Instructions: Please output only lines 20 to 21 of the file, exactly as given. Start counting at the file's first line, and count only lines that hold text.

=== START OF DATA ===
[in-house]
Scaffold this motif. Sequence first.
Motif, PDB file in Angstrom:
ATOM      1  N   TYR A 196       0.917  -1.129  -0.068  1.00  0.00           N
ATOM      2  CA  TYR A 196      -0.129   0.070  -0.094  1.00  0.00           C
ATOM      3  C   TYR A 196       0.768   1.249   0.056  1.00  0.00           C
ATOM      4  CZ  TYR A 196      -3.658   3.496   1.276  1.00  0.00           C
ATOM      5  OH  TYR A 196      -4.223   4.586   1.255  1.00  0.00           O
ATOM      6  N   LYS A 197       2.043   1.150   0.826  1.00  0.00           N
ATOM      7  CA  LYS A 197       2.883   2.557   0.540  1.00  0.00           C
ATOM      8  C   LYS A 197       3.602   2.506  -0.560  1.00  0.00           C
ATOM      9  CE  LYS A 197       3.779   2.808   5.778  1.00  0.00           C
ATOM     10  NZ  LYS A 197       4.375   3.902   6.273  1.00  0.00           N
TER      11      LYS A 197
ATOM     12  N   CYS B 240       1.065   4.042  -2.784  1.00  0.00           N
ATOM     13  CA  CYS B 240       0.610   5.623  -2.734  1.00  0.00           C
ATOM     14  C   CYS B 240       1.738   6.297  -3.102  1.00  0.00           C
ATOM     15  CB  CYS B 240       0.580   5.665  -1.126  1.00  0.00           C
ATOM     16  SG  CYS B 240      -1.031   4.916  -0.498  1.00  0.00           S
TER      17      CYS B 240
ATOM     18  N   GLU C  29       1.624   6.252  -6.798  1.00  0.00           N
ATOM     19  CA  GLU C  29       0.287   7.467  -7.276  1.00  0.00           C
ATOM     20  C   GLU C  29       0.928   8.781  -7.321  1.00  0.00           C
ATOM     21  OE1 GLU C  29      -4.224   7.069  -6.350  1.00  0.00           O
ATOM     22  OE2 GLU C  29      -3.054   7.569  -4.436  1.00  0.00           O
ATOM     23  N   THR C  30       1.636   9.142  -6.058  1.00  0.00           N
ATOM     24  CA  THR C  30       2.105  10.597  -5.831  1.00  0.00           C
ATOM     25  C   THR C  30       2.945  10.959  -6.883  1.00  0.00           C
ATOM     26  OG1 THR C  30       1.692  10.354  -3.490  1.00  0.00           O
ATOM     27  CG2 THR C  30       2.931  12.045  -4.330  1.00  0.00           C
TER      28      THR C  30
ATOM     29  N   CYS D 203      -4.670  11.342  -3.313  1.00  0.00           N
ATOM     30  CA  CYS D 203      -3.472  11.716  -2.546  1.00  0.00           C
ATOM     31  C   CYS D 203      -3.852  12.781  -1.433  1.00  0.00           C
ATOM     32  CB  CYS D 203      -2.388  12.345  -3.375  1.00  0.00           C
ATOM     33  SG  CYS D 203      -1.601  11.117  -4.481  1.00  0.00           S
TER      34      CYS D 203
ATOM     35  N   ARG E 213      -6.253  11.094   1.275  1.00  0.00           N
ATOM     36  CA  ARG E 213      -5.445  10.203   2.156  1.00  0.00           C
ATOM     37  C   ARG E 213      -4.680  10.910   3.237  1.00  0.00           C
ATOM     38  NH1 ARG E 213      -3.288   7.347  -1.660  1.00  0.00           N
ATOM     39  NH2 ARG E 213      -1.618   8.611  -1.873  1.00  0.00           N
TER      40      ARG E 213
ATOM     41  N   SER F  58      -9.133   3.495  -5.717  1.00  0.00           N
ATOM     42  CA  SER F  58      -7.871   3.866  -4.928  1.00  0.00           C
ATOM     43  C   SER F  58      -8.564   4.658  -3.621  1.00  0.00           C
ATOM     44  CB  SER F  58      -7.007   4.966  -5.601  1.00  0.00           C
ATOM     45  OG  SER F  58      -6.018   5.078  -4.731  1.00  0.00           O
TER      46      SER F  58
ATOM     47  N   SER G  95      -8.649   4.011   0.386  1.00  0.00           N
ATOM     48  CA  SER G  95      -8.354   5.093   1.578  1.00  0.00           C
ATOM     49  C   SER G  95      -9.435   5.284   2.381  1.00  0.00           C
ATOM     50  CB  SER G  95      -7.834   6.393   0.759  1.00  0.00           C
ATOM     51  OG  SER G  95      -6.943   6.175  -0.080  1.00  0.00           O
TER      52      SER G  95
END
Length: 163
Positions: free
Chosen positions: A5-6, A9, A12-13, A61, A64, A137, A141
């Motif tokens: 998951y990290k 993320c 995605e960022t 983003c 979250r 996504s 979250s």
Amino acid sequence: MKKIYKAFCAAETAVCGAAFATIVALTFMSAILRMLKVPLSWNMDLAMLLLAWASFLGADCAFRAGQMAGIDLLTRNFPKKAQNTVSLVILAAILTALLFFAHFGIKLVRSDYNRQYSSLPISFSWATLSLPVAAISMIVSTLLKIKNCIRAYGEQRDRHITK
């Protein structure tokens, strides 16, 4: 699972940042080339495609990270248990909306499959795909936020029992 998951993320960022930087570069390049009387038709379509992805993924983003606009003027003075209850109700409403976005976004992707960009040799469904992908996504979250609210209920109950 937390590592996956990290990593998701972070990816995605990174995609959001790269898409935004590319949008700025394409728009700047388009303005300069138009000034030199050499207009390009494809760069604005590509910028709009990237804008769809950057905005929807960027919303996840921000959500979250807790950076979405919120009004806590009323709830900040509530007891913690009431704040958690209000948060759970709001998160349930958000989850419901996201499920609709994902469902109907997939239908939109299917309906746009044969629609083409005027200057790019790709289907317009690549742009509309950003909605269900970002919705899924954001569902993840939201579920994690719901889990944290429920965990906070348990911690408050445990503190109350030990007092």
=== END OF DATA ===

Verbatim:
TER      17      CYS B 240
ATOM     18  N   GLU C  29       1.624   6.252  -6.798  1.00  0.00           N